The 2016 Maryland Film Festival is upon us. It features over 40 features and over 80 short films, from all over the world. Check out my preview of this year’s festival on Bmoreart for more info, and then come on down for great cinematic fun!
Miles Ahead (Don Cheadle, 2015)
In his directorial debut, actor Don Cheadle (Traitor) mostly avoids the clichés of the biographical picture and takes genuine creative risks, choosing to focus on a particular moment in time rather than an entire lifespan. His subject? Jazz musician Miles Davis (1926-1991). Cheadle’s approach leads to something much more impressionistic and elliptical than your standard-issue Hollywood biopic; it’s an improvisatory riff that would no doubt make Davis proud. Flashing back and forth between different eras of Davis’s life – yet grounded in the late 1970s, when Davis was going through a particularly bad cocaine-fueled depression – Cheadle keeps us as disoriented as Davis most likely was at that time. He also uses and blends the conventions of other genres – the action thriller, buddy movie and gangster drama – to lend Miles Ahead a texture and feel uniquely its own.
Cheadle, himself, plays Davis, and is riveting in the role. When we first meet our hero, he is deep into booze and drugs at the end of a self-imposed exile that began in the mid-1970s. Ewan McGregor (The Impossible) – a completely fictional free-lance journalist from Rolling Stone – is interviewing him, and just as we settle into a montage of images on a vibrating television screen, we smash-cut back to a car chase and gunfire. And so the film goes, jumping around in a style that initially confuses but eventually brings all the disparate elements together at the end to show us, warts and all, what made Davis both great and awful. Human beings are complex, and a monster can still be a genius. This is a movie to be watched by those who love both movies and music.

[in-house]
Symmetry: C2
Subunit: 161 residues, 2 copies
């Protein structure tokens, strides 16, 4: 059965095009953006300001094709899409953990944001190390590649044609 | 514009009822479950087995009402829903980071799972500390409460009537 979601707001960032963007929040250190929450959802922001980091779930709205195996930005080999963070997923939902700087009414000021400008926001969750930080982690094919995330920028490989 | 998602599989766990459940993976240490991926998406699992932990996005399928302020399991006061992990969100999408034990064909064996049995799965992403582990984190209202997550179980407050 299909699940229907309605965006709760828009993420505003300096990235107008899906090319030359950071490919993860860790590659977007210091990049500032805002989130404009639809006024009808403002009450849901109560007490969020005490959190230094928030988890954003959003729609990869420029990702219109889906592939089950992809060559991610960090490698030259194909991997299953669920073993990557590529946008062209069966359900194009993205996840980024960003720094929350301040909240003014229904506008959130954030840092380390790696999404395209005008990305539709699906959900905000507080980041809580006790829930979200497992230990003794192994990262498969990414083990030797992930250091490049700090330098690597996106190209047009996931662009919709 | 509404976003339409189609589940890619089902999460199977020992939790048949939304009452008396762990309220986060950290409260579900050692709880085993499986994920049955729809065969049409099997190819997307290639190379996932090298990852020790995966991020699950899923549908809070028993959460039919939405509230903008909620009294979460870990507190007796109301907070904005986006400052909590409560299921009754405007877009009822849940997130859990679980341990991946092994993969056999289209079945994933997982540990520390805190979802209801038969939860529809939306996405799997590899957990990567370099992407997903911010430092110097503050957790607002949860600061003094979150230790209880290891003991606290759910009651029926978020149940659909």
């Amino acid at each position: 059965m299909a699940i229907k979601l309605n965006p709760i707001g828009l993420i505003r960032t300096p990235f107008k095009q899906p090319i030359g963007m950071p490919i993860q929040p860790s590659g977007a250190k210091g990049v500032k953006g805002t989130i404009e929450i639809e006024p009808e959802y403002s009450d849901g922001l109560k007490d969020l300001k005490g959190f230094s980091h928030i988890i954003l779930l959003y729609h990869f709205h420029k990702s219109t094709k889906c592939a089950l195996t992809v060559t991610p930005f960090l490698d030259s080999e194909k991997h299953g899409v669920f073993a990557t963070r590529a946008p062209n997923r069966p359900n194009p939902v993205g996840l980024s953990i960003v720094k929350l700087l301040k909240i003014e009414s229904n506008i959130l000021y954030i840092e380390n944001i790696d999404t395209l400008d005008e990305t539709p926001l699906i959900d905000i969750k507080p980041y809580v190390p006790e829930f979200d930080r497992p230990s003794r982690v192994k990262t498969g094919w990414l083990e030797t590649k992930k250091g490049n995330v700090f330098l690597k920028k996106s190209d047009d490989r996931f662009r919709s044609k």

If the film has one major weakness, it is that addition of fiction to the proceedings (which Cheadle says he did because he couldn’t get financial backing without a white co-star). McGregor’s character becomes a significant part of the plot, beyond that opening interview. We tune into biopics because they purport to show us the real man/woman behind the myth. Yet how much truth can really survive a compressed version of any human being’s life? Perhaps it is not the worst sin in the world to take overt liberties, if the underlying narrative arc still reveals something honest about that person’s trajectory. Still, while I enjoyed the energy and panache with which Cheadle tells his story, his approach may not be for all. However, even if you cannot abide fiction in your docudrama, I think you’ll still have to admire Cheadle’s command of craft. If nothing else, Miles Ahead reveals the birth of a true director.
Just when you thought we were done with my reviews and interviews from the 2016 SXSW Festival, I have still more Hammer to Nail pieces to share. Six more, to be exact (and there will be one final post after this):
- Claire in Motion interview
- Hired Gun review
- Jean of the Joneses interview
- Ovarian Psycos interview
- Starving the Beast review
- A Stray interview
And before I forget, I also did a general festival wrap-up for Bmoreart. Check it out!